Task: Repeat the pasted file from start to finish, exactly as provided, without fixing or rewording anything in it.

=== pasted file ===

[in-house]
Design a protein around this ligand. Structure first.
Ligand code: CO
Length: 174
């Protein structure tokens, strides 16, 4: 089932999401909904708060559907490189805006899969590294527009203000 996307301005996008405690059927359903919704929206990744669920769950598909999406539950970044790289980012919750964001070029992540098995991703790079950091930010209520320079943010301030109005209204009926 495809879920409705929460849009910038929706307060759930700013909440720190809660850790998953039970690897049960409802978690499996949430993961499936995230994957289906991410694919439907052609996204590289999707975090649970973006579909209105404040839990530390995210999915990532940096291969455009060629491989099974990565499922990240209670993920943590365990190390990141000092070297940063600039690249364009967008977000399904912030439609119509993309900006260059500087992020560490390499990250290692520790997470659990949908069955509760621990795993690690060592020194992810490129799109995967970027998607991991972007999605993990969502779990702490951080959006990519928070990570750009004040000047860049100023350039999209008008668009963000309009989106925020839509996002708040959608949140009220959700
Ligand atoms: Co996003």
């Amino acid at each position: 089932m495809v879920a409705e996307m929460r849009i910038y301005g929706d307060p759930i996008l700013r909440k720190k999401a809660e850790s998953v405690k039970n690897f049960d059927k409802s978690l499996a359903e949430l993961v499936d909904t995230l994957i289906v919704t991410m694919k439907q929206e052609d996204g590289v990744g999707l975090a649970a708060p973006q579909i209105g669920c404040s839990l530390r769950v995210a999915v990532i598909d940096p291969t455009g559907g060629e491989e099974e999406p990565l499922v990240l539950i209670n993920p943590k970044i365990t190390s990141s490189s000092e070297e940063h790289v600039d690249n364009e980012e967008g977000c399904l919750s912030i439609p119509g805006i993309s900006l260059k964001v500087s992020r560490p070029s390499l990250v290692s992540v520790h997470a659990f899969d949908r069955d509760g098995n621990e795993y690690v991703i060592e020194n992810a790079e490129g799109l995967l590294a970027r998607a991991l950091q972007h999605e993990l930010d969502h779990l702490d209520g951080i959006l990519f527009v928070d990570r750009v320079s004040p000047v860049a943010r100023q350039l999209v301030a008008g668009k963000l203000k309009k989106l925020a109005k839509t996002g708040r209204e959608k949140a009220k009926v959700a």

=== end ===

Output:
[in-house]
Design a protein around this ligand. Structure first.
Ligand code: CO
Length: 174
């Protein structure tokens, strides 16, 4: 089932999401909904708060559907490189805006899969590294527009203000 996307301005996008405690059927359903919704929206990744669920769950598909999406539950970044790289980012919750964001070029992540098995991703790079950091930010209520320079943010301030109005209204009926 495809879920409705929460849009910038929706307060759930700013909440720190809660850790998953039970690897049960409802978690499996949430993961499936995230994957289906991410694919439907052609996204590289999707975090649970973006579909209105404040839990530390995210999915990532940096291969455009060629491989099974990565499922990240209670993920943590365990190390990141000092070297940063600039690249364009967008977000399904912030439609119509993309900006260059500087992020560490390499990250290692520790997470659990949908069955509760621990795993690690060592020194992810490129799109995967970027998607991991972007999605993990969502779990702490951080959006990519928070990570750009004040000047860049100023350039999209008008668009963000309009989106925020839509996002708040959608949140009220959700
Ligand atoms: Co996003």
């Amino acid at each position: 089932m495809v879920a409705e996307m929460r849009i910038y301005g929706d307060p759930i996008l700013r909440k720190k999401a809660e850790s998953v405690k039970n690897f049960d059927k409802s978690l499996a359903e949430l993961v499936d909904t995230l994957i289906v919704t991410m694919k439907q929206e052609d996204g590289v990744g999707l975090a649970a708060p973006q579909i209105g669920c404040s839990l530390r769950v995210a999915v990532i598909d940096p291969t455009g559907g060629e491989e099974e999406p990565l499922v990240l539950i209670n993920p943590k970044i365990t190390s990141s490189s000092e070297e940063h790289v600039d690249n364009e980012e967008g977000c399904l919750s912030i439609p119509g805006i993309s900006l260059k964001v500087s992020r560490p070029s390499l990250v290692s992540v520790h997470a659990f899969d949908r069955d509760g098995n621990e795993y690690v991703i060592e020194n992810a790079e490129g799109l995967l590294a970027r998607a991991l950091q972007h999605e993990l930010d969502h779990l702490d209520g951080i959006l990519f527009v928070d990570r750009v320079s004040p000047v860049a943010r100023q350039l999209v301030a008008g668009k963000l203000k309009k989106l925020a109005k839509t996002g708040r209204e959608k949140a009220k009926v959700a």